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  1. Hi guys, I've been really enjoying the new Real Air Duke V2 recently. It's not often I feel the urge to share my FS screenshots, but I just couldnt stop hitting the V key on my latest flight. The Duke has all the right angles for me, and the VC has to be the highest quality GA interior I've ever had loaded onto my system. The route I took was NZWN to NZHK, via WB VOR and NS VOR, for an NBD/DME 21 approach. Scenery installed below was Orbx's NZNI and NZSI, in conjunction with REAL NZ's payware Woodbourne and Nelson photoreal airports, and their 2013 freeware Hokitika as my final destination. DULEX3 SID from the capital Overheading WB Crossing Nelson Top of descent from 12,000 feet Overheading the beacon to commence the approach Breaking visual in the reversal turn Offset final approach Welcome to Hoki!
  2. Hi everyone, Long time lurker- first time poster here. I’m a ‘real world’ commercial pilot from NZ, and have been a frequent visitor to this website every time I search a FSX addon review! Recently, I’ve really been enjoying the FTX NZNI package from Orbx and thought I’d start up a topic here detailing a collection of scenic VFR flight plans that I’ve created to show off the part of the world that I’ve spent over 600 'non simulated' hours exploring and enjoying. I've also posted a copy of this thread over on their official support forums, but thought it wouldn't hurt to share my posts here too! Hopefully my local aviation knowledge will be of some benefit to overseas simmers and these flights along lesser known routes will add an extra level of immersion into the world of FSX. I’ll add in a few photographs I’ve snapped from various cockpits for a comparison of how realistic I’ve found NZNI to be, along with planG and .PLN files for you to download and navigate with. Any questions welcomed, cheers! First things first- for the most realistic feel to these flights, I recommend setting the following variables inside FSX: -Date, late January. This allows the dry-ish brown and beige summertime terrain textures to load. To my eye, the other seasonal textures appear a little too bright and green, although all the NZ tourism department ‘100% pure’ and ‘clean green’ advertising campaigns would love to disagree with me! -Time, 16:45 local. The late afternoon light provides great shading and provides a very atmospheric feel as the sun gets lower in the sky. All the tones that you wouldn’t see during bright middle of the day flights become apparent and are perfect for screenshots! In the sim, ‘dusk’ doesn’t begin loading until 18:07 NZDT on Jan 23rd, so we have a good hour and a quarter time window to explore under daytime VFR. -Weather. In the middle of summer over here, it’s common for a large high pressure system to anchor itself over the center of the island creating favorable flying conditions for a few days. However, after a week or so, the air becomes stagnant and a hazy layer becomes apparent in the sky, along with CU build up from the lingering moisture. 30km vis from the surface to 10,000ft works well, along with broken clouds from say 3500 to 7500ft. Winds can be from the SW, no stronger than 10 knots, along with some light turbulence which is common nearby the jagged terrain we’ll be virtually exposed to. -Aircraft, a single engine tourer suits each of my routes. Something with a STOL kit would be advantageous, otherwise, compromise by selecting a type with a large engine and little weight in the back. Select the pilot as the only person on board, get rid of any luggage and bring the tanks down to 50% full. We can always pick up more avgas enroute if we need too! My steed of choice is usually the Carenado Rockwell Commander. -Rules. We’ll be operating under Visual Flight Rules, with NZ CAA law dictating we must remain clear of cloud and in sight of the surface below 3000ft AMSL/ 1000ft above terrain (whichever is the higher of the two). Above 3000ft in uncontrolled airspace, we must maintain 1000ft vertical and 2km horizontal separation from cloud, along with a minimum of 5km visibility. A pneumonic to remember is N.O.S.E +500 which stands for North Odd, South Even in relation to VFR cruising levels in New Zealand. Below 3000ft whilst outside of controlled airspace, you may fly in any direction you wish (weather/terrain/traffic permitting)- however, once above, whilst heading from 270 – 089 degrees, you must be at 5500, 7500, 9500 etc. From 090 – 269, your altitude should be 4500, 6500, 8500 etc. NZ Aeronautical Information Publications can be downloaded for free from here. They include .PDF charts for approaching, departing and operating at all of the airfields that we'll be virtually visiting.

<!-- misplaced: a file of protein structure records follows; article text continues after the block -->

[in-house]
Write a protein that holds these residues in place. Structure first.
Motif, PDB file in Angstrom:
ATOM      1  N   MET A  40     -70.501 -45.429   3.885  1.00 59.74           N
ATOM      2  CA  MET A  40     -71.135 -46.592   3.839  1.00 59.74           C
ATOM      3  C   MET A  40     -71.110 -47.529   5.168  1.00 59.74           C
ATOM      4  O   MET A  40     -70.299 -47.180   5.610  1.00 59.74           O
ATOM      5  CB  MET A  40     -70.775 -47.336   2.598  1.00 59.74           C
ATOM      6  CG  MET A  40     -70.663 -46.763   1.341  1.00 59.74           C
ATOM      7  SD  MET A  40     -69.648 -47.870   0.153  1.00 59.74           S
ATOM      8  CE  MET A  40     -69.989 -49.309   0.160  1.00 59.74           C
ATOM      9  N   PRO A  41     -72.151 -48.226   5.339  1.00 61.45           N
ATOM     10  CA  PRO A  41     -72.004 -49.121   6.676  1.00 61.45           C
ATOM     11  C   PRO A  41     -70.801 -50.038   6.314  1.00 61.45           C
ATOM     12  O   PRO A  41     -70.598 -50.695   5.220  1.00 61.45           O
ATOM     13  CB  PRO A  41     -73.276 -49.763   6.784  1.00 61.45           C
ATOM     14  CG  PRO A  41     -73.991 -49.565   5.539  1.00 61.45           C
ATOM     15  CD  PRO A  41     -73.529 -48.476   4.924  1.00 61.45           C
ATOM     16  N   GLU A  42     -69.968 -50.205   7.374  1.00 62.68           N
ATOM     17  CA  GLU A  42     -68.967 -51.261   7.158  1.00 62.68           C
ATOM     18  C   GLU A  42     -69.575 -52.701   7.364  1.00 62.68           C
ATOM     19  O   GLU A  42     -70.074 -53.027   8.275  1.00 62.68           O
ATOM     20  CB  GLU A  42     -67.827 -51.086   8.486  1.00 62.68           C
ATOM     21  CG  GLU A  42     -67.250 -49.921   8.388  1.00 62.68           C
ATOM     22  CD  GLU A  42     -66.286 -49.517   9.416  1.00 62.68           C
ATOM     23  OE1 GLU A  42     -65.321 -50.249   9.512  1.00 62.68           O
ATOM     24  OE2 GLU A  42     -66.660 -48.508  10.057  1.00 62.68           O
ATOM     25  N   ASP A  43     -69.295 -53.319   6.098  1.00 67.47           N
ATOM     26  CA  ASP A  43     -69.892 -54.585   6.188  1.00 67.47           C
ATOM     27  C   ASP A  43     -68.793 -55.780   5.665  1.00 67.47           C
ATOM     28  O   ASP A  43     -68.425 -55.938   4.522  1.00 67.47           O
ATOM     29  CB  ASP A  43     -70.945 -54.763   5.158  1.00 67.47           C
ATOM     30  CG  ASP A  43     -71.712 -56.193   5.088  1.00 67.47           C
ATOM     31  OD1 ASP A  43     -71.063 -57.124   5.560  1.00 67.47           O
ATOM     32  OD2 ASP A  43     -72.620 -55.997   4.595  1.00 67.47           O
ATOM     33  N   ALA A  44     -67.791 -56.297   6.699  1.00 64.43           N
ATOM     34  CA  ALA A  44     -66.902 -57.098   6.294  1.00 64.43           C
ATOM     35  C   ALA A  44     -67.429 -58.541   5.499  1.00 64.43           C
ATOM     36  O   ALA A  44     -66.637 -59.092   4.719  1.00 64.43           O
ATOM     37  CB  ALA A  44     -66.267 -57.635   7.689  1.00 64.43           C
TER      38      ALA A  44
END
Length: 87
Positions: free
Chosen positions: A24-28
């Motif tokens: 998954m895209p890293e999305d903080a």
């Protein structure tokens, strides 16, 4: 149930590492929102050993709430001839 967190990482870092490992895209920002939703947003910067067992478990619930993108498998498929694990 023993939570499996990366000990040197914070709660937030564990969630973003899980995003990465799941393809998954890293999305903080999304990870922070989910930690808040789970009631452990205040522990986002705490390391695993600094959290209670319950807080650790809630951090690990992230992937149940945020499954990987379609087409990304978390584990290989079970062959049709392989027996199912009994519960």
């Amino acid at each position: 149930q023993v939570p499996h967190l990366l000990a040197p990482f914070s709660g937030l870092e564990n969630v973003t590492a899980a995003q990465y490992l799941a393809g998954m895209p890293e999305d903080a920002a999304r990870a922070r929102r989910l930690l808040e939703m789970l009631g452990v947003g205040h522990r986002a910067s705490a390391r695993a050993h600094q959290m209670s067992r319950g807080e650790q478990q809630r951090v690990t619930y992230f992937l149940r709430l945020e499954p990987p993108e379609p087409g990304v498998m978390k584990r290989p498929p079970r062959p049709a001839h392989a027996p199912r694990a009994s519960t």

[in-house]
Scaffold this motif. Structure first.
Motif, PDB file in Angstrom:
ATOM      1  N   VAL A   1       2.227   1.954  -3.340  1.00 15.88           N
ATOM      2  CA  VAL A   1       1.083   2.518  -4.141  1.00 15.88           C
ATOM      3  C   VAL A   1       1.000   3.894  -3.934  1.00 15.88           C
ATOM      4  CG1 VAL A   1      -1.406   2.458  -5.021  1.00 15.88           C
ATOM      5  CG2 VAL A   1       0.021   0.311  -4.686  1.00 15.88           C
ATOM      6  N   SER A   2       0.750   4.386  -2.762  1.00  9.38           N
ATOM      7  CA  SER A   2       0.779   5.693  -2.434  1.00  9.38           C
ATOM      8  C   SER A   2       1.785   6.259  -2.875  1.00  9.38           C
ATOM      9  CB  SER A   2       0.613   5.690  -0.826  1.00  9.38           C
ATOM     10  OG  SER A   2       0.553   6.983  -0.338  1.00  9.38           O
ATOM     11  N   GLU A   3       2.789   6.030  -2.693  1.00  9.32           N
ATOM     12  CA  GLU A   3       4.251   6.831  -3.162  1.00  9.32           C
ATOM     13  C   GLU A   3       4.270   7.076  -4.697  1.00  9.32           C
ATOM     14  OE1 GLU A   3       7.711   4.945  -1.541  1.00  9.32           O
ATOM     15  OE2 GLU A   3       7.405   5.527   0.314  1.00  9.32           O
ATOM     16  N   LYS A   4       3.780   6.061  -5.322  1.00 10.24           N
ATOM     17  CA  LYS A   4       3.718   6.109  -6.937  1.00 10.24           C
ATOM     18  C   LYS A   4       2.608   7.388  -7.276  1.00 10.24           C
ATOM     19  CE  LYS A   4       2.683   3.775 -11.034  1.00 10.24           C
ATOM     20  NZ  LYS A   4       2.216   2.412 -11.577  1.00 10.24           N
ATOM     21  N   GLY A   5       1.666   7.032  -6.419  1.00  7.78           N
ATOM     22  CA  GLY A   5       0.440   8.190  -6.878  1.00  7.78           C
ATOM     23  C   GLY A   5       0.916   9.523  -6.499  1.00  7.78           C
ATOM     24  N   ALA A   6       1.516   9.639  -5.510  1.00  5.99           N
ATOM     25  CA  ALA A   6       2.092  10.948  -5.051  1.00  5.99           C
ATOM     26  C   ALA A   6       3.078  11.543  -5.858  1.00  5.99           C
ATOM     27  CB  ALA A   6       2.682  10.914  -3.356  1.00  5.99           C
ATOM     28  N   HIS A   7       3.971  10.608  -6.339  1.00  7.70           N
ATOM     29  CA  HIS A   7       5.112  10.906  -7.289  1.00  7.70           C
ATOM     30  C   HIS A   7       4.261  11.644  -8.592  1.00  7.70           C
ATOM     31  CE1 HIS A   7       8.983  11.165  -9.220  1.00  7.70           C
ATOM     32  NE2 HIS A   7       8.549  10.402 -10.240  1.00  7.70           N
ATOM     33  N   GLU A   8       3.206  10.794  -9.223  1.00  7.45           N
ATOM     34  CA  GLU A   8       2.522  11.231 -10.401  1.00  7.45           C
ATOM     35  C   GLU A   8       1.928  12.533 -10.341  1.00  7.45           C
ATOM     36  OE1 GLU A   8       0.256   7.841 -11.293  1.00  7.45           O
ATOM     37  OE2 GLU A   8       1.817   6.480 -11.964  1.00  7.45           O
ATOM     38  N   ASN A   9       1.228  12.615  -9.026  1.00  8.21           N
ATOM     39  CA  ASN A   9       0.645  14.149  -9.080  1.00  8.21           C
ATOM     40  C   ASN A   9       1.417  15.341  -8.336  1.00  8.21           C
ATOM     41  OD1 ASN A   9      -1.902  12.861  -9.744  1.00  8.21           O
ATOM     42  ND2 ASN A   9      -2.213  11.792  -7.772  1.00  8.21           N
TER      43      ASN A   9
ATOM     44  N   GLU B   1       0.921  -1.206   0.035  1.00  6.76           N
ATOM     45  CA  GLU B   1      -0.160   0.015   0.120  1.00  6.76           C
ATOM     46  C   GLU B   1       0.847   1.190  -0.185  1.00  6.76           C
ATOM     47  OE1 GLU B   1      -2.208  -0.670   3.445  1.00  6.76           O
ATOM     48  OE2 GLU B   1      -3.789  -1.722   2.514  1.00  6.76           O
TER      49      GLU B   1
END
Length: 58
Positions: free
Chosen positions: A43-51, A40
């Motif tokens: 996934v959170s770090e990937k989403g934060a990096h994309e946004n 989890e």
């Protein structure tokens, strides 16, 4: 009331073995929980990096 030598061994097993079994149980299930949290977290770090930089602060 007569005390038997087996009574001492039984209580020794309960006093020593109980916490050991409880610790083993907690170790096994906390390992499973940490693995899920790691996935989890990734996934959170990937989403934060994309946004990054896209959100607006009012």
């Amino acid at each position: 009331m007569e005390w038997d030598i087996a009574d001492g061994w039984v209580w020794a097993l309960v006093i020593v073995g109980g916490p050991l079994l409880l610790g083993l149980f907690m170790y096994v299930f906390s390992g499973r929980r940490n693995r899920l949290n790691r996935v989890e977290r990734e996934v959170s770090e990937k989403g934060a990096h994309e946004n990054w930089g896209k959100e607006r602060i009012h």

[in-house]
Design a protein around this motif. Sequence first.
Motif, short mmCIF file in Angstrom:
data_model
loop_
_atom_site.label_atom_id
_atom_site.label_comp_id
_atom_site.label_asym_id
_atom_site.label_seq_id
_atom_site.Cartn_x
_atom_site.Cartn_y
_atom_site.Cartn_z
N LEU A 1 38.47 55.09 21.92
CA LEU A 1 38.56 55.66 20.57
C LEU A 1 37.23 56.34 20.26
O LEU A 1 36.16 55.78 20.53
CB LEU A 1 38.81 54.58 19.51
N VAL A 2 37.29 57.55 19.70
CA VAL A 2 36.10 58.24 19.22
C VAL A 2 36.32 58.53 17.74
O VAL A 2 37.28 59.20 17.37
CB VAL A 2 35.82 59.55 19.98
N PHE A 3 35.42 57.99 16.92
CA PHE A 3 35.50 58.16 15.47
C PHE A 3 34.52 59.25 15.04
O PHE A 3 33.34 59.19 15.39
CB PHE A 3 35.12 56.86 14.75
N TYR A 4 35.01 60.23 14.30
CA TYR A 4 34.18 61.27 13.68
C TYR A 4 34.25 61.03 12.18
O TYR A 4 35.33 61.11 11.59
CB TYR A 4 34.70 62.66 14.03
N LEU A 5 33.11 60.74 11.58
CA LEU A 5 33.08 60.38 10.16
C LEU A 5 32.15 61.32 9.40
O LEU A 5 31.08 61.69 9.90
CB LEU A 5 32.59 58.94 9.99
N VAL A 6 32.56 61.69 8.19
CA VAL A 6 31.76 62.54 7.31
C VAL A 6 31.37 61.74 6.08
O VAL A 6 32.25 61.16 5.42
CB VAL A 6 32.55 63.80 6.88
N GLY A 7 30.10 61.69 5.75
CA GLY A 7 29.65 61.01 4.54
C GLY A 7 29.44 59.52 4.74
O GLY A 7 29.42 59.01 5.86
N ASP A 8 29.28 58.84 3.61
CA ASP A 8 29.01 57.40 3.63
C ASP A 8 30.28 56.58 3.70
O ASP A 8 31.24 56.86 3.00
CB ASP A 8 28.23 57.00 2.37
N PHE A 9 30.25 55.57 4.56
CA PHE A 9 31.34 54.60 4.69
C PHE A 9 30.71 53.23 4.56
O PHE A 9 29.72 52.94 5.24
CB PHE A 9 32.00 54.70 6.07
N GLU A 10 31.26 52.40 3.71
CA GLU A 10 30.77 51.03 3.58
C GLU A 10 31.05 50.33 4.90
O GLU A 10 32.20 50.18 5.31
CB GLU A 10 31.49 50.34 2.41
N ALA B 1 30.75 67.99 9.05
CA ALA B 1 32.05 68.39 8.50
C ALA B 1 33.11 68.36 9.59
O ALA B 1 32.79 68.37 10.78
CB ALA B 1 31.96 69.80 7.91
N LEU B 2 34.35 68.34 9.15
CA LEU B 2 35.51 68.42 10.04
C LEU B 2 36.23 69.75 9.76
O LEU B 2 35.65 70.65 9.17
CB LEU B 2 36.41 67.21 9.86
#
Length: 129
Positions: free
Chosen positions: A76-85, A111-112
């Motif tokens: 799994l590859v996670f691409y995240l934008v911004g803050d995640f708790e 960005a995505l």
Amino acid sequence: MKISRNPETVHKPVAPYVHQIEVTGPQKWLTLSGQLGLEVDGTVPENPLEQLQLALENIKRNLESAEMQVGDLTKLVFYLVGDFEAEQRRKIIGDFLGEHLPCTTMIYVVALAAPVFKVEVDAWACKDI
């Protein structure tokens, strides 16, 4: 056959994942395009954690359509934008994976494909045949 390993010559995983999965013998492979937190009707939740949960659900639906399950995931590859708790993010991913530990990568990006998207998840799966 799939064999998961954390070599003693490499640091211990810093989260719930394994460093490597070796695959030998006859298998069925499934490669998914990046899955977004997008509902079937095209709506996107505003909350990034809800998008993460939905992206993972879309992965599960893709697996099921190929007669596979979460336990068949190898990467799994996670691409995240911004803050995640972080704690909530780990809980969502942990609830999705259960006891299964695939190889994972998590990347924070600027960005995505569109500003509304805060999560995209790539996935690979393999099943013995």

3. Hello All, I hope this hasn’t been posed/mentioned before, however I was browsing through John’s excellent collection of charts, and noticed there are none for New Zealand. For those that want to fly down there, all the New Zealand plates (and for that matter the full Aeronautical Information Publication (AIP) along with its supplements) is available online here (no login required): http://www.aip.net.nz/ The charts themselves are here: http://www.aip.net.nz/NavWalk.aspx?section=CHARTS I hope this is useful to those wanting to visit middle earth, and is not detrimental to the excellent collection of plates available here! Unfortunately the airways charts are not online, however the Standard Route Document (SRD) is there, and may be useful for NZ flight planning. Peace and Love, Fred 'mulletman' Clark.